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Bad in Theory but Good in Practise

I love ideas that are bad in theory, but good in practise!

Why? Well, others will try ideas that are good in theory. There will be competition.

Meanwhile, why would other entrepreneurs try out an idea that is bad in theory? They likely won’t, and, this allows for a head-start and competitive advantage.

Figure 1, Good in Theory vs Good in Practise

Finding ideas that are bad in theory, but good in practise

The key to finding ideas that are “bad in theory” is to start with a good idea, and then change it – and try it – in a way that doesn’t appear to make sense. True, most of the time this won’t lead to any benefit. However, if you can cheaply try many “bad” tweaks, you stand a chance of discovering something that wasn’t useful on the surface.

I’ll give some examples…

Bad in theory but good in practise

-“Buy Now Pay Later”

Have you have been offered to “Pay in Four” when checking out online – via services like Klarna, Affirm or AfterPay? This type of offering allows customers to spread out their payments over time when making a purchase – without paying added costs or interest. Rather, it is the seller/merchant of the goods that pays Klarna the costs of “lending” the customer that money (including potential non-payment).

Now, when I first heard of this approach, I thought it was a bit of a scam. Or, “a bit of swizz” – as we would say in Ireland. To me, Pay in Four was a bad idea in theory – a credit card under a different name. Yet, in practise, it seems there is merit. Merchants would like to vary the price of their products depending on who is buying (price discrimination). Typically there is no straightforward way to do this (often because they don’t know who is buying, and sometimes for regulatory reasons). Pay in Four offers a creative way to give effectively lower pricing to certain customers. Customers that otherwise would not buy are offered what is effectively an interest free loan. Said differently, they are offered a discount. And, in practise – as (softly) evidenced by Affirm being profitable – it appears that Buy Now Pay Later does offer something better than high interest rate credit cards.

-“Selling GitHub repository access to developers”

This is how I monetize my YouTube channel. Ask a developer about this approach and they will say it makes little sense. Developers like to build things themselves, from scratch, using the abundance of free tools available online. Yet, this approach works and has been making 10kEUR+/mnth in revenue.

Good in Theory but Bad in Practise

These are particularly pernicious because entrepreneurs and academics are likely to keep pursuing them despite multiple failures. Two examples come to mind:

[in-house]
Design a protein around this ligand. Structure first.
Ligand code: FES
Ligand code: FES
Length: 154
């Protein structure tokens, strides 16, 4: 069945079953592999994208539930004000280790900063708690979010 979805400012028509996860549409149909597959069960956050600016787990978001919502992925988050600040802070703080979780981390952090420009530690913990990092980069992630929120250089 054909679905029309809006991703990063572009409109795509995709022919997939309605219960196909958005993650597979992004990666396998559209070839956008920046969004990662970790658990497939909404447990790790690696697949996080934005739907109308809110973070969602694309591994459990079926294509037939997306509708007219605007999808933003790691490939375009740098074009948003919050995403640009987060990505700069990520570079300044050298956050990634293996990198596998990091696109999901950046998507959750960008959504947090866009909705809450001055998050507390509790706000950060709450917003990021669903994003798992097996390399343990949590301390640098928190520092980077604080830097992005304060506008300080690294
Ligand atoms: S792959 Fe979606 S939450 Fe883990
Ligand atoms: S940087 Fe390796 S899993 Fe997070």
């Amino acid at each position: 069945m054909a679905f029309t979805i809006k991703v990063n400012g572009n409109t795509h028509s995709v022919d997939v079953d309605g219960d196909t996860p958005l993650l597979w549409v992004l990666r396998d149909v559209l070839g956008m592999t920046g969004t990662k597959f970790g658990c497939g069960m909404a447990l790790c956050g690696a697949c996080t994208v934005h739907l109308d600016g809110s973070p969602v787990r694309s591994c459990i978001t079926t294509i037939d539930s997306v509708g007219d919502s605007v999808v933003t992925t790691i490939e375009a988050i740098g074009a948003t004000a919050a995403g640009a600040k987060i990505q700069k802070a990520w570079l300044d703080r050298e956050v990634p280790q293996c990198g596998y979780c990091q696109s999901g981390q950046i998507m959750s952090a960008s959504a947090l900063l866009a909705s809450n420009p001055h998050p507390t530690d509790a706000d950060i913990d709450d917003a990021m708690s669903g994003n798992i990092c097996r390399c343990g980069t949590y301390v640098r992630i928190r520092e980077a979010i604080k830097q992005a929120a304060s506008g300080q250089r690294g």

-“Income Sharing Agreements”

A lot of people in the US have large student loans. Uniquely, student loans cannot be discharged in bankruptcy proceedings (meaning you have them for life until re-paid). Those who take on heavy student loans and don’t get a good enough job are left in a tough position.

Enter “Income Sharing Agreements” – an alternative to loans – where students, rather than paying back the loan plus principle, pay back a percentage of their future earnings for ~10 years after graduating**. If the student doesn’t earn much, they don’t pay much. For the funding agency, those who pay back more than they received help to balance off those who pay back less. It’s great in theory!

In practise, Income Sharing Agreements are complicated for people to understand. They just want to know how much they owe. They don’t want to do spreadsheets to figure out the various outcomes. In one early startup case – that of Upstart (now a publicly traded loan provider) – clients were offered a choice of income sharing agreements and loans. Basically all customers took the loan. So, bad in practise.

I don’t rule out that income sharing agreements could succeed. But, for now, it’s a good idea in theory but challenging in practise.

**Often capped at 2x or 3x the original funding amount.

-Prediction Markets

Politicians often lack quantitative information to support their policy decisions. For example, what is the probability of China invading Taiwan? One suggestion is that there be betting markets – just like sports markets – to materialise information that supports such decisions.

In theory, this seems like a good idea. In practise, defining the specific bets in a way that is useful can be challenging. For example, it is hard to extract information on conditional bets (e.g. contingent on there being more science funding, what are the chances of electricity costs dropping below $10/kWh?). This is the kind of policy information that would be useful, but it is hard to get from a market.

Furthermore, the most useful information is often financial in nature, e.g. is defined not by a probability but by a payoff (e.g. not, “what are the chances your house is flooded?”, but, “if you pay X per year, we will insure your house up to a value of Y?”). To the extent bets are made financial, they begin to mirror financial marketsOR financial products (like insurance) that already exist. Indeed, much of the insurance market is private – i.e. there are no live public insurance prices. This indicates that achieving the liquidity needed to materialise public prices and probabilities is often difficult.

Prediction markets are good in theory, but not so straightforward in practise.

In conclusion

As Rory Sutherland says in his book on marketing called “Alchemy” – “When other people are being logical, it sometimes pays to be illogical”.

Tinker around to find ideas that are bad in theory but good in practise. You’ll find yourself alone with the keys to the kingdom. At least for a little longer than otherwise.

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